Ethics Opinions from the Bar Association of San Francisco
INFORMAL OPINION 1972-1
An attorney may not write articles of a legal nature concerning matters of interest for a club newsletter if he is identified as an attorney in the publication.
An attorney has been requested by the editor of a club newsletter to write articles for each monthly publication concerning matters of interest to the membership of a legal nature. The club's membership numbers approximately 20,000 people, mostly of English extraction, and all living in the greater Bay Area. 'The articles will be concerned with matters of general legal interest to the member, such as a comparison of the divorce laws of England and California. The attorney is a member of the State Bar of California and is also a solicitor of the Supreme Court of England and Wales. He will not receive any remuneration for writing the articles, nor will he answer any questions posed to him by individuals regarding specific legal problems or hold out that he will be prepared to answer any such inquiries.
The question presented involves the propriety of identifying himself as the author of the articles by name and/or status as a member of the State Bar and, perhaps, as a solicitor of the Supreme Court of England and Wales.
This Committee concludes that identification of the attorney by name as author does not violate any of the Rules of Professional Conduct of the State Bar of California ("Rules" hereafter). The more difficult question surrounds identification of the author as a member of the Bar.
Rule 2, Section (a) provides:
Without limiting the generality of the foregoing, a member of the State bar shall not solicit professional employment by ...
Prior opinions rendered under the Rules were examined. No opinion was discovered in which identification of an author in a lay publication as an attorney was permitted.
The Committee on Professional Ethics of the State bar of California held it was proper for an attorney to write a weekly or monthly feature for a newspaper of general circulation for remuneration under his "by-line" covering general topics of real estate law (Opinion No. 1966-6). The opinion is silent as to whether the attorney's name and identification as an attorney were permitted or just his name.
In Opinion No. 200 of the Los Angeles Bar Association (rendered October 21, 1952) it was held that an attorney may permit his name to appear as the author of an article on a legal subject in a lay periodical and may be described as a director of the organization publishing the article, but should not permit reference to his profession.
Rule I directs California lawyers to note the Code of Professional Responsibility of the American Bar Association ("ABA Code" hereafter). The applicable provisions of the ABA Code are contained in the Disciplinary Rules.
The pertinent Disciplinary Rules are as follows:
A survey of the opinions of the Legal Ethics Committee of the American Bar Association relative to Canons 27 and 40 disclosed that it is not unethical for an attorney to write a column for a local newspaper on the law of taxation and trusts, when the article will be general in nature and there will be no answer to individual inquiries. The articles may be signed, however, it would be objectionable for the articles to indicate the author is an attorney, to state that he is a member of a bar association, or to give his post office address (A.B.A. Informal Opinion 1047 (1968)).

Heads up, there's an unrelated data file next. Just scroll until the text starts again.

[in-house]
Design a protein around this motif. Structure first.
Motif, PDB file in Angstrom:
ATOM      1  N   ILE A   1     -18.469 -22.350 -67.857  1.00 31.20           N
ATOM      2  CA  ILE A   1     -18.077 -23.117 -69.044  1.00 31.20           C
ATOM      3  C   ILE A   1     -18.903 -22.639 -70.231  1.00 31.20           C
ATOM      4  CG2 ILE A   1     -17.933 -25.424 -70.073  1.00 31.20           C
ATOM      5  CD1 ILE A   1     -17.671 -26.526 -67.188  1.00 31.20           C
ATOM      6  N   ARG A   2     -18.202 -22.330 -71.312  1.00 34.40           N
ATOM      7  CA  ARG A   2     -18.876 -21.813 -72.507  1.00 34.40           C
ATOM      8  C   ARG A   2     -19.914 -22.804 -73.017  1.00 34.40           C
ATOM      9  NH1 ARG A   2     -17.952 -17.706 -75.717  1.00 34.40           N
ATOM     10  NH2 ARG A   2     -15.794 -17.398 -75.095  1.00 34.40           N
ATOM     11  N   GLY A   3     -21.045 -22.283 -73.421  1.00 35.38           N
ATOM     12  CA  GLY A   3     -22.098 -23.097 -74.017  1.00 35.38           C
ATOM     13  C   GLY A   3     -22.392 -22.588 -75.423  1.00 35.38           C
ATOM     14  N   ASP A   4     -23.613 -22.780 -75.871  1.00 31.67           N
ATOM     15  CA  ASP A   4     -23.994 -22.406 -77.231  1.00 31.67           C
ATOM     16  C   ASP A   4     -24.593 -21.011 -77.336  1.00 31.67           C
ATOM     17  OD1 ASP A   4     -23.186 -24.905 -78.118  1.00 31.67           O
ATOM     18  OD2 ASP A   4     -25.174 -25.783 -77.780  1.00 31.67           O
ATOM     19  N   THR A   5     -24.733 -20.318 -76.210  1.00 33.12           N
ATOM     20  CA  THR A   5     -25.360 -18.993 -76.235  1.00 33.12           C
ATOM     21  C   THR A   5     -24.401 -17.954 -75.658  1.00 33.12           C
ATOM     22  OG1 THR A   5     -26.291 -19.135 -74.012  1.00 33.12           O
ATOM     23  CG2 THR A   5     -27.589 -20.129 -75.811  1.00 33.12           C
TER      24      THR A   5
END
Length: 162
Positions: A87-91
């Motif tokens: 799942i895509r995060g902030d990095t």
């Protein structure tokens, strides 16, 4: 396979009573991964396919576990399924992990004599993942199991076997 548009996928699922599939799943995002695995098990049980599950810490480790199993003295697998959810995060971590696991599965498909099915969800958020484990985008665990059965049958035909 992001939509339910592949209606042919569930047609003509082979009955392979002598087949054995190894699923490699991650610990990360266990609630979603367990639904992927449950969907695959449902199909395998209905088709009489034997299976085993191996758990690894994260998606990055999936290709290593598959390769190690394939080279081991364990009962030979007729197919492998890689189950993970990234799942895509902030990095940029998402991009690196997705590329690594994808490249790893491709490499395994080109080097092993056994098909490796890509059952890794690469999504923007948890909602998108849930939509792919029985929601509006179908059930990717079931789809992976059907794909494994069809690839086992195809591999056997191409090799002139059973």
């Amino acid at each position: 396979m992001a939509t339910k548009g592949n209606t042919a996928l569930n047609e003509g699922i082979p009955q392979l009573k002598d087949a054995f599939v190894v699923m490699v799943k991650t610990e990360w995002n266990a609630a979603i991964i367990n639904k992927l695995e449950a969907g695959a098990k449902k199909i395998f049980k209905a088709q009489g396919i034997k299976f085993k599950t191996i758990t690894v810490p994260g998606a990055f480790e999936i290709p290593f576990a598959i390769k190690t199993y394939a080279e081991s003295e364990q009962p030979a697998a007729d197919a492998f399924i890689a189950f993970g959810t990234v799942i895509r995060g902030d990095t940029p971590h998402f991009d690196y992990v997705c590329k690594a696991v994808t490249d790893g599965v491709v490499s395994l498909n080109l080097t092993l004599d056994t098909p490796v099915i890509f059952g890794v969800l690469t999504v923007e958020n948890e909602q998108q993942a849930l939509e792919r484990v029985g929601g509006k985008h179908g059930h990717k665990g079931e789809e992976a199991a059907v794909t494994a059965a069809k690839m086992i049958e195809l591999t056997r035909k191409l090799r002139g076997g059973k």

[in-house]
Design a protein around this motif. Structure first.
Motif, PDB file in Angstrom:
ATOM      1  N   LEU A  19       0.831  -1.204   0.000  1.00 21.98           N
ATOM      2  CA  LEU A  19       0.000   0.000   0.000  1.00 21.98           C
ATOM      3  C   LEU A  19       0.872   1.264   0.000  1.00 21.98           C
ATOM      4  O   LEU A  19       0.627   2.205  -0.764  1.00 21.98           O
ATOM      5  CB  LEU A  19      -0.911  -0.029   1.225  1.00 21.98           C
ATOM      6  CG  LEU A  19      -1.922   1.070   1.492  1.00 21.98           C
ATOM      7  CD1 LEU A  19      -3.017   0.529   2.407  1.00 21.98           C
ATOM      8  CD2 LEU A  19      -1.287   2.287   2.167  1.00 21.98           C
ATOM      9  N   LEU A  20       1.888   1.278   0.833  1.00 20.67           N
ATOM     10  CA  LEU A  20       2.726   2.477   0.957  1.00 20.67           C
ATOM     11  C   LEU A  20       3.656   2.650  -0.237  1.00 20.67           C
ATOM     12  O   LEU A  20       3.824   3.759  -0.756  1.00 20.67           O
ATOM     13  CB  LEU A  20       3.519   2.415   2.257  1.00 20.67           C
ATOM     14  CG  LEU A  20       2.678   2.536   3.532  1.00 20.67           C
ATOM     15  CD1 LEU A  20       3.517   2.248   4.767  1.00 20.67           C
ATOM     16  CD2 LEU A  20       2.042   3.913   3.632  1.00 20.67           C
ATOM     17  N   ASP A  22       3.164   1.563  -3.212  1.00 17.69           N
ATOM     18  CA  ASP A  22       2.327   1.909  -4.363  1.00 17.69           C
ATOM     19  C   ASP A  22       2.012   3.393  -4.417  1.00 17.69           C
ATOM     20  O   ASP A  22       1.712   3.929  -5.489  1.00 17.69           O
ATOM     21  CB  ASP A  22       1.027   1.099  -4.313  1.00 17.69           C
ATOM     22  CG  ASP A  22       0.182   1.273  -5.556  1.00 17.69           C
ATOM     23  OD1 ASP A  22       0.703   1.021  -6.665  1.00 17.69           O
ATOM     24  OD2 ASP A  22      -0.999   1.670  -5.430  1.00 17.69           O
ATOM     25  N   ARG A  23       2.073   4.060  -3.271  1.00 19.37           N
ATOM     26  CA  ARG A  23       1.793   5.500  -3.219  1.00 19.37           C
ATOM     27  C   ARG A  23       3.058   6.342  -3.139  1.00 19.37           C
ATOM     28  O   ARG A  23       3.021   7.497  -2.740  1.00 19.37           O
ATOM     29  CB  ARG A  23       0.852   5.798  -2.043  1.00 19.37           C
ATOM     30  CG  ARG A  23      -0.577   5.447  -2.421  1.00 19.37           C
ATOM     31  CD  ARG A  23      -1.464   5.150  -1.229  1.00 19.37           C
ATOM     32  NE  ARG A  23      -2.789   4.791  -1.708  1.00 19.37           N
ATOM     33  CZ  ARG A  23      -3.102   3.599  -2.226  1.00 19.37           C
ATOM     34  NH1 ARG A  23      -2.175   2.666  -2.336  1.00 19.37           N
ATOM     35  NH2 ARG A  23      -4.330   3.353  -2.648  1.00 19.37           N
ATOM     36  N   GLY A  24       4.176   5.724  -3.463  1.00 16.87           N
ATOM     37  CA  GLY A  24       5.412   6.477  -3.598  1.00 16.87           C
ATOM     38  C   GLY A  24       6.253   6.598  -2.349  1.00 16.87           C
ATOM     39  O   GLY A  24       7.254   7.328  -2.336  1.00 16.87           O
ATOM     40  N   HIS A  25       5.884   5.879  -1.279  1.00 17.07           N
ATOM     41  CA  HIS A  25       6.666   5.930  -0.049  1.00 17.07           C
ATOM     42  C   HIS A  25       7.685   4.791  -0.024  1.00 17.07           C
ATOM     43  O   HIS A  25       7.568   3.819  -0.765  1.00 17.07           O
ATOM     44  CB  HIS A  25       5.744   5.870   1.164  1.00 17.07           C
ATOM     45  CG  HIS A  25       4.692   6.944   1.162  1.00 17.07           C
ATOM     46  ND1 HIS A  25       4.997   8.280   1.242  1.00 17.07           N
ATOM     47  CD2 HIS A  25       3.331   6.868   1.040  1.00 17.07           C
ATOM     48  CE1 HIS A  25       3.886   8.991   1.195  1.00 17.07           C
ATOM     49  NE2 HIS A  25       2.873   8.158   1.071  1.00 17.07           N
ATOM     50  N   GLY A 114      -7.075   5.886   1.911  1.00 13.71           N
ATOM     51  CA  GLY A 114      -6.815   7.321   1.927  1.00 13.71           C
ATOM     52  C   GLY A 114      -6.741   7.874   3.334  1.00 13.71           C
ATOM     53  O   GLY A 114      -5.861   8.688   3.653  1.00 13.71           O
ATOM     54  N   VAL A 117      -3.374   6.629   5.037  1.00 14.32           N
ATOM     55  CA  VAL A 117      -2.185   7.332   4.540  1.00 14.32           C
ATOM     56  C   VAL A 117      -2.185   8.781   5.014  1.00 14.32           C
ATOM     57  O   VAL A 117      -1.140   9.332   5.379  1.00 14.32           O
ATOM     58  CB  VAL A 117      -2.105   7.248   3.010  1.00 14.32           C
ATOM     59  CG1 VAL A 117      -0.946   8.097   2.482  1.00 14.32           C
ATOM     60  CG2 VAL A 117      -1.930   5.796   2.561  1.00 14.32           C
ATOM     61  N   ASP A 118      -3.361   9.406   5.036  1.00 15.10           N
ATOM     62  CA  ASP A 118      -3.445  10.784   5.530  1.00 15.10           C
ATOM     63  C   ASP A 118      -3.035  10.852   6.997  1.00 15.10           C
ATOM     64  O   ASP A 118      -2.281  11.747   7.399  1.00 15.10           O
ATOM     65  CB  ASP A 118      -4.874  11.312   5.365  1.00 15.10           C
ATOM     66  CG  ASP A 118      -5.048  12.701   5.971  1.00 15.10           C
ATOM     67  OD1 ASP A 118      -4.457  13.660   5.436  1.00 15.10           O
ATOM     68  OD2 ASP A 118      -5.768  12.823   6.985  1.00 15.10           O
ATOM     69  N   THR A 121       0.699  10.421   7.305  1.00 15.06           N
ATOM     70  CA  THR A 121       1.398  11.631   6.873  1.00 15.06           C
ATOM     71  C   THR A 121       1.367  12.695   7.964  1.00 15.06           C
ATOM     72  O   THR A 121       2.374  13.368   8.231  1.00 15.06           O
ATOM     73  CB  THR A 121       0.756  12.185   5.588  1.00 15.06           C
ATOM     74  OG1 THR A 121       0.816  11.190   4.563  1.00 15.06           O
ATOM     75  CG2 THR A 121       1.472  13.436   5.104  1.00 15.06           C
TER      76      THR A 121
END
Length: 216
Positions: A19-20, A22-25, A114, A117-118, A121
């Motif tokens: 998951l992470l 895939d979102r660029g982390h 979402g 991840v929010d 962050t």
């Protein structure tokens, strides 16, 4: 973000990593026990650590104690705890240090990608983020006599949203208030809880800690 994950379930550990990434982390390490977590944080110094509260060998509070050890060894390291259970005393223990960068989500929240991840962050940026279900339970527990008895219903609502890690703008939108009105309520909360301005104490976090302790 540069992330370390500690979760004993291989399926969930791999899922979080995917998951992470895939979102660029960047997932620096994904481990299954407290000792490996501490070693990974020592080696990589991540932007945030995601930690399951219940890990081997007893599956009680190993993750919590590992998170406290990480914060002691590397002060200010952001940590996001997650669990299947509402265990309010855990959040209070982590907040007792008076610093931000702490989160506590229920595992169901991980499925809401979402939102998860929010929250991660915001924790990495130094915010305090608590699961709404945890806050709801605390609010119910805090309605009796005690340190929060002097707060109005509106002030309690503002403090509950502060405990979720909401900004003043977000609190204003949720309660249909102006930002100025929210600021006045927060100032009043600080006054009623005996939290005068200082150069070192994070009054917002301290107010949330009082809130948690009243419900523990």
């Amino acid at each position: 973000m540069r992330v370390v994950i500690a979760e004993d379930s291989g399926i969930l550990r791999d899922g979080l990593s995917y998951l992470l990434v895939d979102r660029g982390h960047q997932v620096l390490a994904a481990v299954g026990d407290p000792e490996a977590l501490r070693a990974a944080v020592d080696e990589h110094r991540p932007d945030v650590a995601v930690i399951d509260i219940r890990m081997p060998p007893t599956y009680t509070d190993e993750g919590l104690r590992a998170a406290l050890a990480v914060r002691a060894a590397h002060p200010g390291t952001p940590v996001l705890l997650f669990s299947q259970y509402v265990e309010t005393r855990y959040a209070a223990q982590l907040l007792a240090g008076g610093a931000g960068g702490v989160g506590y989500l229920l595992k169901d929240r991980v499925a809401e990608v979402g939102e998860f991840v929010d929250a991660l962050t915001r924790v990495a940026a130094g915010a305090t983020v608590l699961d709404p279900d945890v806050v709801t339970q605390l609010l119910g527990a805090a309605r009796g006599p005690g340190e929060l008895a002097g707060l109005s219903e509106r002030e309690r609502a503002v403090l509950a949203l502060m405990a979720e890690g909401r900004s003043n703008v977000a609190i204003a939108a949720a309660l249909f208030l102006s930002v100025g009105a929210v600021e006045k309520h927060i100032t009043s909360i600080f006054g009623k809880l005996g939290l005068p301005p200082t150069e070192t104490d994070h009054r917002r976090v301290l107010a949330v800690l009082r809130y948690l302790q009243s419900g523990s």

Where an attorney wrote an article, upon request, on a legal subject for publication in a legal fraternity magazine, sent his picture (upon request) to be published with the article, and his name was printed under the title, but he was not identified as an attorney, it was held that there was no impropriety in writing the article or sending his picture upon request
(A.B.A. Formal Opinion No. 141).
A lawyer may write articles for publication in lay papers explaining holdings and dissenting opinions in decisions of the United States Supreme Court. However, the lawyer should authorize the use only of his name. His office address should not be given nor should his picture be used. (A.B.A. Informal Opinion No. 743).
The foregoing opinions represent the most pertinent of the A.B.A. opinions relative to writing legal articles for lay publication.
It is the opinion of this Committee that it is improper for an attorney to write articles for lay publication and be identified as an attorney in the publication. This opinion is supported by prior opinion, however, we acknowledge that there are contrary opinions. See, for example, New York County Lawyers' Association, No. 396, April 1951.
While there may be some value to the periodical in having the author identified as an attorney, we believe that the clear purpose of the rule prohibits identification of the author as an attorney.
All opinions of the Committee are subject to the following disclaimer:
In using these opinions you should be aware that subsequent judicial opinions and revised rules of professional conduct may have dealt with the areas covered by these ethics opinions.